Today is Read Across America Day, first established by President Barack Obama March 1, 2011. We celebrate this day to remember the importance of reading and literacy, and to re-assert the importance for parents, teachers, and communities to encourage children to read. As President Obama puts it:
“Parents and mentors can help build fundamental skills by reading aloud to children regularly, discussing the story, and encouraging children to ask questions on words or content they do not understand. By passing a passion for literature on to our sons and daughters, we prepare them to be lifelong, successful readers, and we provide them with an essential skill necessary for academic achievement.”
Reading is important for many aspects of our lives. We read as we drive down the road; we read to accomplish our work; we read as we surf the Internet. Our children are growing up in a world where words are everywhere, and to succeed, they need to learn the fundamentals of reading early on, including deciphering new words, analyzing text, and comprehending text.
Our President puts it best:
“Our Nation’s young people rely on the critical thinking and analytical skills gained from reading to build other areas of knowledge, including the subjects of science, technology, engineering, and mathematics. The next generation’s ability to excel in these disciplines is crucial to America’s strength and prosperity in the 21st century.”
So, what steps do we now take to encourage a love of reading in our children so they will succeed throughout their lives? We read to them and show them the “fun” behind each story. Reading is fun because it takes us into a new world and shows us new things. And with a world of books at our fingertips through libraries, bookstores, the Internet, and different technologies, we can read about any subject. The point is to make reading fun!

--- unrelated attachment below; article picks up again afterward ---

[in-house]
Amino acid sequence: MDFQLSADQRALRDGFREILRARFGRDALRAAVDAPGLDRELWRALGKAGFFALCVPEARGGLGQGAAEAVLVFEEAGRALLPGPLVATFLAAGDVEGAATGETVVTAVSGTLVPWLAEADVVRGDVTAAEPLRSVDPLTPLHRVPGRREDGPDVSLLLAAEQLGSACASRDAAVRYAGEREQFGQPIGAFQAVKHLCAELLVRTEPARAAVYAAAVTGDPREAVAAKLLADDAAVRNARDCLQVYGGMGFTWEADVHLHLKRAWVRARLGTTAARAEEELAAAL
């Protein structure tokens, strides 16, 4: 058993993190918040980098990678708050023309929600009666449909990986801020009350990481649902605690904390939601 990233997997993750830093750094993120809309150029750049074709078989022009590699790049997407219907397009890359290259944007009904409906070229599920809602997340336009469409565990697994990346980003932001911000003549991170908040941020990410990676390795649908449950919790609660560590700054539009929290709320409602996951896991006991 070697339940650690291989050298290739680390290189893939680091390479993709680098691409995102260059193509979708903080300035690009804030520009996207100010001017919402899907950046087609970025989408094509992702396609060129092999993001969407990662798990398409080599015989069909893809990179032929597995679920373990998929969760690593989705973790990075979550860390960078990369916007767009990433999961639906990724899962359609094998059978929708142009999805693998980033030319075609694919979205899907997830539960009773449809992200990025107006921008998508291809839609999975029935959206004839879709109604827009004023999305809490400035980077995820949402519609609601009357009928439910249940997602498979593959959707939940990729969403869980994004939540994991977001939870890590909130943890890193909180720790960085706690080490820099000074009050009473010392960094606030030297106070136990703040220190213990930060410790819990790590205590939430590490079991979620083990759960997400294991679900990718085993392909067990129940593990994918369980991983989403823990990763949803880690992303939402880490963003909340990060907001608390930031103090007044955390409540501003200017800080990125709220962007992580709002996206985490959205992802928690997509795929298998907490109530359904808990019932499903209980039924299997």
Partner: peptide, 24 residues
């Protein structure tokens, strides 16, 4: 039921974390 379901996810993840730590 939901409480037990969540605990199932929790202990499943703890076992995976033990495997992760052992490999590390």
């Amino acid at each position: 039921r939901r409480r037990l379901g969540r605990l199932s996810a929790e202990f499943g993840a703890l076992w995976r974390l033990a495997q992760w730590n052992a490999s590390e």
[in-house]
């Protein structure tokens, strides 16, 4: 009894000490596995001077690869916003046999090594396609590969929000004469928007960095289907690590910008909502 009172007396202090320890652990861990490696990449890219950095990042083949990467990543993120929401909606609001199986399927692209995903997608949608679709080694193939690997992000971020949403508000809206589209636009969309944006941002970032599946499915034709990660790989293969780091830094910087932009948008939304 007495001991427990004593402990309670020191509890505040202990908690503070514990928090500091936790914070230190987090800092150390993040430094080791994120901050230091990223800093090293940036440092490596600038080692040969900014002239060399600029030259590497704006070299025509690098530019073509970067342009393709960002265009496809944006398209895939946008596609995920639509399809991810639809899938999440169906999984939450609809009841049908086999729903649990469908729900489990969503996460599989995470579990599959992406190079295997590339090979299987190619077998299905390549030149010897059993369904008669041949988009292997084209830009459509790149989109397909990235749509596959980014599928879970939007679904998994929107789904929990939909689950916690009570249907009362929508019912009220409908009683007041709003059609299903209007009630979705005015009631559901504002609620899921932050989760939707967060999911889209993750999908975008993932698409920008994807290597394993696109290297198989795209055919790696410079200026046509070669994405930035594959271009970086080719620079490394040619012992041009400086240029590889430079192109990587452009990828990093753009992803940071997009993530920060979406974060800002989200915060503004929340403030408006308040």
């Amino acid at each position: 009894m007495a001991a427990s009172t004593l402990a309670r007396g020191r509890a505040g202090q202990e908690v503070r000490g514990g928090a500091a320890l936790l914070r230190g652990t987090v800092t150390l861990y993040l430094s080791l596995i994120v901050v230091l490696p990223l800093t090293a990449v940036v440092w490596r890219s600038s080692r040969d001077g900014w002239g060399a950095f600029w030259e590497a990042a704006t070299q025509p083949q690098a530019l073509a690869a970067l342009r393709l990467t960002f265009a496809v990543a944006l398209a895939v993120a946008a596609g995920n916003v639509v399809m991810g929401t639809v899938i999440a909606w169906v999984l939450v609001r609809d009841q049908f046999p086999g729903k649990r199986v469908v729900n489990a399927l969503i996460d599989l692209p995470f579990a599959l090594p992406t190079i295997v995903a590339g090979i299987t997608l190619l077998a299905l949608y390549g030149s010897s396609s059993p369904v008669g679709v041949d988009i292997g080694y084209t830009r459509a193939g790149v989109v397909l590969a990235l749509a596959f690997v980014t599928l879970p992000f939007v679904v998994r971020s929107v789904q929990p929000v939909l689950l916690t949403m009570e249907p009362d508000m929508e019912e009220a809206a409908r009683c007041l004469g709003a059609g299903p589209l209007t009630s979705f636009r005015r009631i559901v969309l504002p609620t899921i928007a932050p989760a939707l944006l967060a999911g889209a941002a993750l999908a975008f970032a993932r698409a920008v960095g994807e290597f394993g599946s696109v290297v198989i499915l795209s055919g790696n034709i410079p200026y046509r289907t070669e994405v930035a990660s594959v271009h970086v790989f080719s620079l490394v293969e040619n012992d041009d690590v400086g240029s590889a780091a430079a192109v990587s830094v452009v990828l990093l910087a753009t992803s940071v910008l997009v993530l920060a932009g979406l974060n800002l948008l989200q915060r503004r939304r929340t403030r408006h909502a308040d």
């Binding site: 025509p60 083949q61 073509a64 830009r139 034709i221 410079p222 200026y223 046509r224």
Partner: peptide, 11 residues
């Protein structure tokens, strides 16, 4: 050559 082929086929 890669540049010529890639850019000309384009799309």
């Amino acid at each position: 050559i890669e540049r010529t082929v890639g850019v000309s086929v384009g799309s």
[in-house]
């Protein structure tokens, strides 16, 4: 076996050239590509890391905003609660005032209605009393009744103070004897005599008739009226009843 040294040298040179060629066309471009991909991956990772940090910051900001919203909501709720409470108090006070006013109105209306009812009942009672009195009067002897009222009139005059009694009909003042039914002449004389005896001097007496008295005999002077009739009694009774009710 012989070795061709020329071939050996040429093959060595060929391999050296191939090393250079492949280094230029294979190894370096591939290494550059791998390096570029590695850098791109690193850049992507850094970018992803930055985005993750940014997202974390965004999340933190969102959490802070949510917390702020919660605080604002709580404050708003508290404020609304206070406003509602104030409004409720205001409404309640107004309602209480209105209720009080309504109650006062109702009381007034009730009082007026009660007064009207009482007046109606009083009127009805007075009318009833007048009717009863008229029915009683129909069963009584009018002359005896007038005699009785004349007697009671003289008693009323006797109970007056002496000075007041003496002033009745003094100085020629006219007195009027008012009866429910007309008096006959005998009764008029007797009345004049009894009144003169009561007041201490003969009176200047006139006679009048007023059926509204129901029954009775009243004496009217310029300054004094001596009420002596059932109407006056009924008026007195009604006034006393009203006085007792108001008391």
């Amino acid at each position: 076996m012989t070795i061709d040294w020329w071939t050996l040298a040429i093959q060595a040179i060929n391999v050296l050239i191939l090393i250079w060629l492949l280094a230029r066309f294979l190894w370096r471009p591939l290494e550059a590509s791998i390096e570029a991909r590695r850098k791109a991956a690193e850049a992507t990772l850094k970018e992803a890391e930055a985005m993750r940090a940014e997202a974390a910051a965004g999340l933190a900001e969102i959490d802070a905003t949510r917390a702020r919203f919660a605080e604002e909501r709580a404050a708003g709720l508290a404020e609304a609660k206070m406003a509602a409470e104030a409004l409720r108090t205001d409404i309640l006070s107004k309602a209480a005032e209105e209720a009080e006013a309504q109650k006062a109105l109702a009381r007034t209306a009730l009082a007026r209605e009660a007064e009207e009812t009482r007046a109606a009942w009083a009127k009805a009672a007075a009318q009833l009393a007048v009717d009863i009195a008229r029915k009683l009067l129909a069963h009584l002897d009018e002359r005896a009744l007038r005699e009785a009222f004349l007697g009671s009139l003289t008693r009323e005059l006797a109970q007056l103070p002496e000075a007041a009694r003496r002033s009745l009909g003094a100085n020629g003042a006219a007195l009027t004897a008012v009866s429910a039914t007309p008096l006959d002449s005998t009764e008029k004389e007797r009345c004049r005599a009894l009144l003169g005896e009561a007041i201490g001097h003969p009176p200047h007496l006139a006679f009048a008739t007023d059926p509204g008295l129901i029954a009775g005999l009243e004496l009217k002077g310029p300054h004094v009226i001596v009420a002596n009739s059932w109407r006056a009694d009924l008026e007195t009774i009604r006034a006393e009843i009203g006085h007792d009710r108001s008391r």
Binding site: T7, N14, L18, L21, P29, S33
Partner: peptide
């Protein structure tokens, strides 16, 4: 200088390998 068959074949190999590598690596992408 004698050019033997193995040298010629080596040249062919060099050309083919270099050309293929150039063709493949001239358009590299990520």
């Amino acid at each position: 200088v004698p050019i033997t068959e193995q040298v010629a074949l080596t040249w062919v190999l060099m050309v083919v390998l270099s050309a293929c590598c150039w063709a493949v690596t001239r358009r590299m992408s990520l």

Is it any wonder that this important day falls upon the birthday of one of the most influential American children’s authors? Theodor Seuss Geisel, better known as Dr. Seuss, was born this day in 1904. It was in the late 50s that he released his ever-popular The Cat in the Hat, which was only the beginning of a collection of books created to help children learn to read through fun, plot-filled stories. Instead of learning to read with “Dick and Jane,” our children have a library full of learn-to-read books that are not only interesting to children but parents as well.
Today, to celebrate Read Across America Day, find a little time to just read with your child. Read a short book, a long book, a pop-up book, an interactive book, a book on your smartphone or tablet, a book about pirates or princesses, a book about dinosaurs or Amelia Earhart. . . . Read about anything. Just read.
Here are just a few things we did around the office to celebrate our day:
We had a visit from Rusty and sat down with him for story time.
Rusty also visited the kids in our Community Center, a free community program provided by Waterford Institute™ for children ages four to six (preschool age) that uses Waterford’s reading software program, the school equivalent to Rusty and Rosy Reading™.
Read the full Presidential Proclamation—Read Across America Day, 2011 here.